The company reported a 13.4% increase in net income for the first-quarter ended March 31, on Vacation Interval sales increase of 22 percent to $65.1 million.
Sharon K. Brayfield, President, said, "Our product remains well received despite the slowdown in the economy. The growth in net income for the quarter translates into a business that is fundamentally healthy."
The 10Q Detective begs to differ—net income being more akin to phantom profits.
The business model of Silverleaf is dependent on collecting interest income from aspiring vacation homebuyers for its alleged profitability. Net income of $7.45 million rests on a foundation of $14.5 million in interest income.
Upgrades to existing owners comprised 58.5% of aggregate sales, up from 56.4% last year.
Vacation Interval sales to new customers increased 16.2% to $27.0 million.
Management looks to be reaching out to more buyers with marginal credit histories, for approximately 22.7% of closings in the first-quarter were made to customers with FICO Credit Bureau scores below 600 (up from 21.2% last year).
Silverleaf provides financing of up to 90 percent of the purchase price of the Vacation Intervals, which are collateralized by the interest in the said property rentals. As testimony to the higher credit risk in dealing with timeshare buyers, the average yield on outstanding notes receivable at March 31, 2008, was 16.4 percent (with a weighted average maturity of seven years).
The company considers accounts more than 60 days past due to be delinquent. As of March 31, 2008, $4.2 million, or 1.4% of notes receivable, net of accounts charged off, were considered delinquent. However, the delinquency rate climbs to 9.9% when one includes payment concessions and extensions to certain customers. Of note—a deliquency rate (over 30-day) greater than 10 percent would violate minimum loan delinquency covenants with lenders.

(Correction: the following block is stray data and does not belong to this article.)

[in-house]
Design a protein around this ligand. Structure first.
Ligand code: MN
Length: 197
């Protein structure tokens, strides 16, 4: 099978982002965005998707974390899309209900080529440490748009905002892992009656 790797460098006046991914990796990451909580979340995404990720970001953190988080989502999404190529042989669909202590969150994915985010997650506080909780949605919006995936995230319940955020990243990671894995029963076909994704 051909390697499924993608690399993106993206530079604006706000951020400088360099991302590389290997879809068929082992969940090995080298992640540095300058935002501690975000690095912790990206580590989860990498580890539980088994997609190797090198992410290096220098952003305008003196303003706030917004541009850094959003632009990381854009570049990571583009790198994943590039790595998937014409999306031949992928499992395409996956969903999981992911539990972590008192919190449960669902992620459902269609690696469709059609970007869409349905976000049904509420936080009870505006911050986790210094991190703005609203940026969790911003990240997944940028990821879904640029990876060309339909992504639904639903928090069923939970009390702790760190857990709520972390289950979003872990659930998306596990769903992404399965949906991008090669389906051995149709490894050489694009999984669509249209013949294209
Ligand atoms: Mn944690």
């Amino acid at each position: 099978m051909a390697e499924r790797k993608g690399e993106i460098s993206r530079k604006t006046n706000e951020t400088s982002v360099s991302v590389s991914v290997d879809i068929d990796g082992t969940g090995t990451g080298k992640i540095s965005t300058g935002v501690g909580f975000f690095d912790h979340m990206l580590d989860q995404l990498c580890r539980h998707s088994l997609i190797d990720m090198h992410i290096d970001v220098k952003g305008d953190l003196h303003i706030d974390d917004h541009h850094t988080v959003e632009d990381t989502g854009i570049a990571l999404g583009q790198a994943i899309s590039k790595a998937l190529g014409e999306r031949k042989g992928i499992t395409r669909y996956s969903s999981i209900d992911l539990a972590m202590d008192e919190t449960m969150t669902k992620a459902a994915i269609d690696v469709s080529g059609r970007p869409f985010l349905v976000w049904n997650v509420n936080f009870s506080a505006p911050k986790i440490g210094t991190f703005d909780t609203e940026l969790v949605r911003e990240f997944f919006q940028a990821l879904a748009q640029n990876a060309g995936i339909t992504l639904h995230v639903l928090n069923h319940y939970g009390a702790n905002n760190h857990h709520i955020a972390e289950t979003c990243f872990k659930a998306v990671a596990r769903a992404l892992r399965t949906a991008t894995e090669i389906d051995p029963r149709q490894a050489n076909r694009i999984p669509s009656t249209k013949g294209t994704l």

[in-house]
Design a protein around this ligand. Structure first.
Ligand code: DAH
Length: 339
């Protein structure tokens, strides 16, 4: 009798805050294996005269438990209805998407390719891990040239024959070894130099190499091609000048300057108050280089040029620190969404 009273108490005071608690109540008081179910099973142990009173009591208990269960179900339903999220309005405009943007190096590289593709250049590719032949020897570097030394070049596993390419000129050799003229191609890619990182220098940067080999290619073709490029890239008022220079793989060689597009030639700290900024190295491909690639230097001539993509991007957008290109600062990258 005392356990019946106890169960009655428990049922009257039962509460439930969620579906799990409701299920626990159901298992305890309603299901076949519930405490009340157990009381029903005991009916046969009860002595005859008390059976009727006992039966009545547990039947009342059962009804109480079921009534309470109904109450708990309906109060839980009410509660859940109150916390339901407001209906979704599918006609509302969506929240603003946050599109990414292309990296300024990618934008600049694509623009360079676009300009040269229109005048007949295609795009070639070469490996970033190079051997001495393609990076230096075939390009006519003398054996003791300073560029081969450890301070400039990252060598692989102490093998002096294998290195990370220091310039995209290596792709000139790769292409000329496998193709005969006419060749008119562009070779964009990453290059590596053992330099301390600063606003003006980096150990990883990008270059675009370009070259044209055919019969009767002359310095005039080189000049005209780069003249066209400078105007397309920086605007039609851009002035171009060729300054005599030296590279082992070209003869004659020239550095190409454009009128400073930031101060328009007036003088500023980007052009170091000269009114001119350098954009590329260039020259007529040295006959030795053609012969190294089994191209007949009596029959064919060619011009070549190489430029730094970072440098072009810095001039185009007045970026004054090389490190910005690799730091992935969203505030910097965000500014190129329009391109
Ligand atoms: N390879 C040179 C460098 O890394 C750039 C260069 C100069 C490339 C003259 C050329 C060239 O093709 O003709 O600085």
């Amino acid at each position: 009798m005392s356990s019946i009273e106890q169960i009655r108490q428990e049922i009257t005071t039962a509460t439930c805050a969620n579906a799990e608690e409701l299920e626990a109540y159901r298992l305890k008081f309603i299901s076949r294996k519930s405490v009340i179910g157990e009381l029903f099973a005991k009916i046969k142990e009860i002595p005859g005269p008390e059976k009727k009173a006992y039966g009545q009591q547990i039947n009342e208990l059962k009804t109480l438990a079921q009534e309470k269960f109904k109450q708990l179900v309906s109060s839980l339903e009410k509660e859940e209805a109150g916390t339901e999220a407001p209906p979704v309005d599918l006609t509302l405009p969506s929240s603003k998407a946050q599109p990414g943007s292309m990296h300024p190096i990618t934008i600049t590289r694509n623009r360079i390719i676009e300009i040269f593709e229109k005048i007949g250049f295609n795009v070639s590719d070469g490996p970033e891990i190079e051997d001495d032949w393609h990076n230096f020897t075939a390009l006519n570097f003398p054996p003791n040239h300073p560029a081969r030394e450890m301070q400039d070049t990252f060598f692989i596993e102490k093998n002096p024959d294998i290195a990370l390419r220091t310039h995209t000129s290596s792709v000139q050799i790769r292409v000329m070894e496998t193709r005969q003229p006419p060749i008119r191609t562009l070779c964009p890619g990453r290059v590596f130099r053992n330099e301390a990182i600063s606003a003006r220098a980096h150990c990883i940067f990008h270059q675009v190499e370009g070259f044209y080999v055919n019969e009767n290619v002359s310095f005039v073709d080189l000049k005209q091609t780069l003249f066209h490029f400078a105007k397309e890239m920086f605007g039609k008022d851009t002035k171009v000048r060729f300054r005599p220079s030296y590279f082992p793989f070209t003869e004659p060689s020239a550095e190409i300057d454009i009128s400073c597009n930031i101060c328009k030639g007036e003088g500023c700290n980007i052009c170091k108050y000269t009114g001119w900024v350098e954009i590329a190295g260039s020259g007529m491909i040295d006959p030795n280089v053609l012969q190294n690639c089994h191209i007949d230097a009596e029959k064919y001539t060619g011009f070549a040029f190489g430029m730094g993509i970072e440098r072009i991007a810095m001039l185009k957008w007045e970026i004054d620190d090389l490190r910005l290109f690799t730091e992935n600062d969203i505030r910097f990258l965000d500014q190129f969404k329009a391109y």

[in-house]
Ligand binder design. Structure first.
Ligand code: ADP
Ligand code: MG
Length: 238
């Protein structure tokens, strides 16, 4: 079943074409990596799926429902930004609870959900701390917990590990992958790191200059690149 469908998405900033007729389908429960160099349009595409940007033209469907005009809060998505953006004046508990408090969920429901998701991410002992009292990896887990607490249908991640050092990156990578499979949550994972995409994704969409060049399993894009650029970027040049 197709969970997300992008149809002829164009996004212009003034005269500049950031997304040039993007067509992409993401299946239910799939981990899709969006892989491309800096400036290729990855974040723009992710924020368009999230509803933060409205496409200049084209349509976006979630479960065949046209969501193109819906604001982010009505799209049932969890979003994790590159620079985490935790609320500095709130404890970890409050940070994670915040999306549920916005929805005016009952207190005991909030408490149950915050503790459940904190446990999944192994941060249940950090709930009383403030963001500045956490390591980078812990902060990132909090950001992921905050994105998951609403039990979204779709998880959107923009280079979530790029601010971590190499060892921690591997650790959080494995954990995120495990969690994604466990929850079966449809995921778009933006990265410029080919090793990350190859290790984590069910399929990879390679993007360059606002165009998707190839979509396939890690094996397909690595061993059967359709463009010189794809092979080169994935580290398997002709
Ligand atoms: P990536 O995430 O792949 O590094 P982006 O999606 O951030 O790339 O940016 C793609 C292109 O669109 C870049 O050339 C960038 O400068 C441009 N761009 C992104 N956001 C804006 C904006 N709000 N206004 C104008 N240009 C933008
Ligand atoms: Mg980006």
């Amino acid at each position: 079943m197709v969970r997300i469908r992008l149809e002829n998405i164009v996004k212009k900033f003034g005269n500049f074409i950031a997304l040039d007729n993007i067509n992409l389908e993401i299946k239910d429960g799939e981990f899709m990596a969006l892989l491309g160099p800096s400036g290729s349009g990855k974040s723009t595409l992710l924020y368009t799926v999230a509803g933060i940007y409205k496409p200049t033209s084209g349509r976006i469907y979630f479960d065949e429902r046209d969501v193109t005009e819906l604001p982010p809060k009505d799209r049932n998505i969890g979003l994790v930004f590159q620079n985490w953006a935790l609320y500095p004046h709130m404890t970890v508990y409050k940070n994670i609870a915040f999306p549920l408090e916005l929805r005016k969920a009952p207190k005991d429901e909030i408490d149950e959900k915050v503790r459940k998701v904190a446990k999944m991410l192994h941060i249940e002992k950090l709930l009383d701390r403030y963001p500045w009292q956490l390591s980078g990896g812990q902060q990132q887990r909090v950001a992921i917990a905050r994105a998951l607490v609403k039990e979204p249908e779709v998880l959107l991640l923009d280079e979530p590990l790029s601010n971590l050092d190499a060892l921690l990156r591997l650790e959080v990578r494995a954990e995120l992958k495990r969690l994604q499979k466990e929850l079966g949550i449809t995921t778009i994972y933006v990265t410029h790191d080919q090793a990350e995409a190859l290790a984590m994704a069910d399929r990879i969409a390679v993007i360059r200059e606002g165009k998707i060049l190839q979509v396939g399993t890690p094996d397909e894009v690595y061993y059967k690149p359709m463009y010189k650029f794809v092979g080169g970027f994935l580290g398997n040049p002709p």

Estimated notes deemed uncollectible as a percentage of Vacation Interval sales increased to 22 percent, up from 16 percent during the same period of 2007.
In addition, certain states have laws that limit the company’s ability to recover personal judgments against customers who have defaulted on their loans. Accordingly, Silverleaf rarely pursues this remedy.
Is the company counting its proverbial chickens before they hatch? Liability for deferred taxes (owed on previously reported installment income sales) was $100.7 million at December 31, 2007. Should foreclosed properties trigger tax payments—and the company not be able to fully recover the value of said properties—cash flow may not be adequate to cover accelerated tax payments.
In addition to a salary of $750,000, Silverleaf rewarded its Chairman and Chief Executive, Robert E. Meade (who beneficially owns 24.6% of the outstanding stock), with a cash bonus of $2.9 million, according to a pre-tax incentive bonus structure outlined in its Proxy Statement filed on July 3 with the SEC. Were it not for interest income of $53 million, Meade would have earned nil for a cash bonus for his 2007 performance!
The share price of Silverleaf lost about 6.9% in market value last year, closing at $4.16 a share on December 31—what was that argument about aligning the chief executive’s compensation with the interests of shareholders?
The Company forecasts 2008 net income and EPS guidance of approximately $28 million and $0.70, respectively.
To borrow from Shakespeare:
"The quality of earnings is thus strained;
It droppeth as gentle interest income from unsuspecting buyers
Upon the income statement;
It is twice blest;
It blesseth Silverleaf that gives and CEO Meade who takes."
Editor David J. Phillips does not hold a financial interest in any stocks mentioned in this article. The 10Q Detective has a Full Disclosure Policy.